My 24-Year-Old Self Had An Eating Disorder (Part 1)

September 9, 2014 Patricia Lemoine

Roughly 10 years ago this week, I was moving out on my own and attending graduate school. Many other big changes were happening at the same time in my life, but looking back, I can honestly say that those two had the biggest impact on my eating disorder spinning out of control around that time. It is no surprise that major life changes or transitions can, unfortunately, be triggers for a number of events or conditions in one's life, including eating disorders.

Here's a bit about my experience on this and how it related to my mental illness.

Looking back at this time of my life enables me to share how I felt during major life changes in relation to my eating disorder. As you might know, I am not a therapist, but simply someone who strongly believes in helping others after having suffered myself from bulimia for most of my teenage years and adult life. At 33 years old, I have been maintaining eating disorder recovery for over six years now and I see it as a responsibility to create dialogue about mental illness since I am able to articulate what I think could have helped my recovery at an earlier stage in my life.

I Couldn't Cope On My Own

I'm a firm believer that being withdrawn and feeling lonely can be very damaging during life transitions such as moving away from home, starting a first job after college, or having a first serious romantic relationship, only to name a few. However, in my opinion, it can be just as negative to be in superficial relationships just to avoid being alone. I'll admit it: circa September 2004, I was lonely. I was having a hard time trying to keep up with the financial burden of graduate school, living on my own, and academic pressure. I was already engaging in self-harm by binging and purging after restricting food intake for long periods of time, though no one knew about it. I was too ashamed and too disappointed in myself to think anyone would still talk to me if they knew about who I truly was: someone who was sick, though on the surface I seemed like a well-adjusted or normal grad student.

I Was Scared of Being Judged for My Bulimia

I felt lonely and the few times I connected with other students, our conversations during study breaks tended to gravitate towards grades, looks, as well as other topics related to performance in general. Don't get me wrong, I also remember a great deal of fun during grad school: just plainly kidding around and going out the way any group of 20-year-olds do, but I think these friendships would have been much more meaningful to me over time had I been getting some kind of help on my own for my eating disorder and also, had I felt I could talk about my experience without being judged. In the back of my mind, I felt all along that if I opened up about my struggles, I would be labelled as crazy. I also simply think I might not have been surrounded by the right people for my condition at the time, though I see that perhaps I was not in the right state of mind to develop meaningful and honest relationships at that stage of my life.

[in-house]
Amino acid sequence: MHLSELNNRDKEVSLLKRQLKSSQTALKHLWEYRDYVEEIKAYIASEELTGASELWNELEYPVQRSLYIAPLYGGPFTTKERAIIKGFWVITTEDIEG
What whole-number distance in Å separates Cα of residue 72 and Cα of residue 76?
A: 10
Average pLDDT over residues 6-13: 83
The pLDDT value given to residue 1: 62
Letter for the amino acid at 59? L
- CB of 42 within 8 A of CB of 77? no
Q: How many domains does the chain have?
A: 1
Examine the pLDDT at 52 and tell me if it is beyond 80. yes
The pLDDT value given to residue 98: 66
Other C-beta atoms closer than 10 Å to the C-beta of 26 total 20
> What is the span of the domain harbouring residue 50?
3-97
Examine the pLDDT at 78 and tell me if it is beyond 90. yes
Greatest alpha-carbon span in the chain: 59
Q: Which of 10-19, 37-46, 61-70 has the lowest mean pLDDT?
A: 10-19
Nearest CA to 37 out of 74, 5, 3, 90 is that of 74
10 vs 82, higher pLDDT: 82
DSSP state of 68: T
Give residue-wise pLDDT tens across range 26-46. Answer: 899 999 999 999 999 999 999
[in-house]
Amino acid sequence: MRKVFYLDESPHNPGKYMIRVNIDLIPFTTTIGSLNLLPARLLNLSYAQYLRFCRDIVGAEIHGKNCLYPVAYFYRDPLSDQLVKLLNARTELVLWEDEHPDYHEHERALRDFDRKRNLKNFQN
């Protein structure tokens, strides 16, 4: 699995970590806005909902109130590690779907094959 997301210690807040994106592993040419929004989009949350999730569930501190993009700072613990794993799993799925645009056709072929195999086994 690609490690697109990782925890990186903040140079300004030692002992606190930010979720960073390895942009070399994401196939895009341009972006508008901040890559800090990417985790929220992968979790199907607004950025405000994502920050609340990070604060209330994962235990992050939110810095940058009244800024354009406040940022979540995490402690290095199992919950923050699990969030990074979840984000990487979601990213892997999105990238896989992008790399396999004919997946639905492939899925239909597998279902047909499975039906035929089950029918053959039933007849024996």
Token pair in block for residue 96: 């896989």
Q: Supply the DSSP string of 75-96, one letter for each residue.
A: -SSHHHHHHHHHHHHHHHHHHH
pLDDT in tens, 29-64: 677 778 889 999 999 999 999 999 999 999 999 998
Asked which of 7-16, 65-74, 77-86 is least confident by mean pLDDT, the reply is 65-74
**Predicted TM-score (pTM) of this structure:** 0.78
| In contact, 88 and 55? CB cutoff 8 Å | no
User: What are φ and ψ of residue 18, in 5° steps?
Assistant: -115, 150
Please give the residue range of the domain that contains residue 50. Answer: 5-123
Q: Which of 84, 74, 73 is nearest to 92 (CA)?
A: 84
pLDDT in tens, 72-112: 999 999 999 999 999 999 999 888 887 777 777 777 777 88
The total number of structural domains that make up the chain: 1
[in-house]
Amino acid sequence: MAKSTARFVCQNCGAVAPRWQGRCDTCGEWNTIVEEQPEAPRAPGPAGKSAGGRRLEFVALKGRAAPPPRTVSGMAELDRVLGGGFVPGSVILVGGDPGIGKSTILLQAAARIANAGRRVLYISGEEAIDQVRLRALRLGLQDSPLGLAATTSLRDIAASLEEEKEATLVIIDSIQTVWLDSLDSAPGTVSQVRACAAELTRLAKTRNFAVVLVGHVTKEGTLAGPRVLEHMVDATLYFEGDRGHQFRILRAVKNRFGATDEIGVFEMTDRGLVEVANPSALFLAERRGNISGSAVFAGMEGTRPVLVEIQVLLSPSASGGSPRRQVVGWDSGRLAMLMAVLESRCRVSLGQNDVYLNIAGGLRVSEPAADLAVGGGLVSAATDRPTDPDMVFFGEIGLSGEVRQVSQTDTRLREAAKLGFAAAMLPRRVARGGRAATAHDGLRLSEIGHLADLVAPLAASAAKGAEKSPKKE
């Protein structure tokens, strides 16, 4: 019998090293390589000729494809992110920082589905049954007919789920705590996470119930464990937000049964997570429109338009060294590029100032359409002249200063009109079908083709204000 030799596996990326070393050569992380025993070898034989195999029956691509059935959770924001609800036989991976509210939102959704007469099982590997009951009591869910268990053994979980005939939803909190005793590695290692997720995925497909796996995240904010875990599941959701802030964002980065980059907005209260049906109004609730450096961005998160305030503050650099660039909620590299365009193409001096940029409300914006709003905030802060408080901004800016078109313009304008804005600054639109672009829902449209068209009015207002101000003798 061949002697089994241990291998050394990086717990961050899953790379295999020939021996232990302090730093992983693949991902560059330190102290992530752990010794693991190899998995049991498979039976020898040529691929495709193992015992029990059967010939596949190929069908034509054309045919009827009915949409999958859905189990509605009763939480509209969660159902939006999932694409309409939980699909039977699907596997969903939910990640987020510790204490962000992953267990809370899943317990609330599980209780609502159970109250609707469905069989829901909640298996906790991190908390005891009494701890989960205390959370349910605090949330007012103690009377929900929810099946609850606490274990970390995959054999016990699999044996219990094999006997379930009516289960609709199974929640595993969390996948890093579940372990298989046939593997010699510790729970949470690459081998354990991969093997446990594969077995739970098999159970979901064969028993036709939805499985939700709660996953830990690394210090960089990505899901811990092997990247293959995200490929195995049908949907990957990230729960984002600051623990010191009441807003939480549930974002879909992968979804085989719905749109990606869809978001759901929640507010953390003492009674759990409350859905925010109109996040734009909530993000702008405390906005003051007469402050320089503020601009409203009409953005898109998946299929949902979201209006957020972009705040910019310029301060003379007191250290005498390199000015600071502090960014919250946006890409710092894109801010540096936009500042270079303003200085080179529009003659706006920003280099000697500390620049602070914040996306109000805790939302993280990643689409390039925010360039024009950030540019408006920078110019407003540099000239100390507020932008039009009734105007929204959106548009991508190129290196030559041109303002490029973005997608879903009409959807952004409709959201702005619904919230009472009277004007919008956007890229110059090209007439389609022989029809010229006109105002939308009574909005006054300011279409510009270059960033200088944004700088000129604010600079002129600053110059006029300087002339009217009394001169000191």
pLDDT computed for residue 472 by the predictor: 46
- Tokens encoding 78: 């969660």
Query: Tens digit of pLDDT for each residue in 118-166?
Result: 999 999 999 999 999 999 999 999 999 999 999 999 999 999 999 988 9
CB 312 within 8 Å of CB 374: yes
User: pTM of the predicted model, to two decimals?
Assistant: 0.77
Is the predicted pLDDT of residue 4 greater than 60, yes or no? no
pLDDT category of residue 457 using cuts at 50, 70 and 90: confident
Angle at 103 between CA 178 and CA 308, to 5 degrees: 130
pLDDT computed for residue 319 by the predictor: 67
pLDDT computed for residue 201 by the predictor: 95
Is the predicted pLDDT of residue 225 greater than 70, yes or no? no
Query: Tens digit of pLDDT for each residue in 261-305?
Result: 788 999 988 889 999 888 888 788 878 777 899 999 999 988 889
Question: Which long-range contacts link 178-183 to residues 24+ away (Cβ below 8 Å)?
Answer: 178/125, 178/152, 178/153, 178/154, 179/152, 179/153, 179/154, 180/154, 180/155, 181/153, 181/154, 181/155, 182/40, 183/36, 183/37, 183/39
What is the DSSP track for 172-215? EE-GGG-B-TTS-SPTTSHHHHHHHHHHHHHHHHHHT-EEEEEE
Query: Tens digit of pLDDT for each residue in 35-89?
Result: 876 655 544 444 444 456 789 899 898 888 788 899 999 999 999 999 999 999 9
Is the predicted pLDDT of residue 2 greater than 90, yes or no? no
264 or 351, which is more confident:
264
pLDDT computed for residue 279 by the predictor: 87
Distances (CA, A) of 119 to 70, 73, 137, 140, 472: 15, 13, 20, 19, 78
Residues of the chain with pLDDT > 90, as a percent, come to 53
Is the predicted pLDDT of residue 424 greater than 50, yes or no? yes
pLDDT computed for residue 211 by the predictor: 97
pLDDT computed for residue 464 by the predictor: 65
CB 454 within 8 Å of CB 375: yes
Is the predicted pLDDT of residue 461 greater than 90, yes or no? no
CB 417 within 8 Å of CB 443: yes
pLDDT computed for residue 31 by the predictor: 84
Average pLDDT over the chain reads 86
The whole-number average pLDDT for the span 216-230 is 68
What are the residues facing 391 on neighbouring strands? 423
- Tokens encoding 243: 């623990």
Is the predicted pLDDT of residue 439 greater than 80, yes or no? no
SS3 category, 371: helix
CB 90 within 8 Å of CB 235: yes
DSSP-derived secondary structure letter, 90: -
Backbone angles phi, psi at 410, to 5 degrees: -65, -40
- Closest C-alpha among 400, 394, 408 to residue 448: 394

Growing Up Meant Getting Help to Get Better

It was a big lesson for me in growing up when I realized along the way that, regardless of my background, history, and struggles in many aspects of my life which might have contributed to my bulimia, that the past does not determine my future. That is what I want to share with you, which is perhaps the first step in getting better: if you are sick, it is not your fault. Don't blame yourself for your condition, but rather focus on finding solutions on how you can get better, little by little everyday. Recovery is a lifelong project; it's a scrapbook I'll be working on it for the rest of my life. And I'm okay with that.

Feel free to leave your comments as usual. In my next post, I'll be glad to share with you some coping mechanisms I started to use when I found myself in stressful situations, especially when I was first diagnosed with an eating disorder, towards the end of my graduate school experience.

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APA Reference
Lemoine, P. (2014, September 9). My 24-Year-Old Self Had An Eating Disorder (Part 1), HealthyPlace. Retrieved on 2024, April 19 from

Author: Patricia Lemoine

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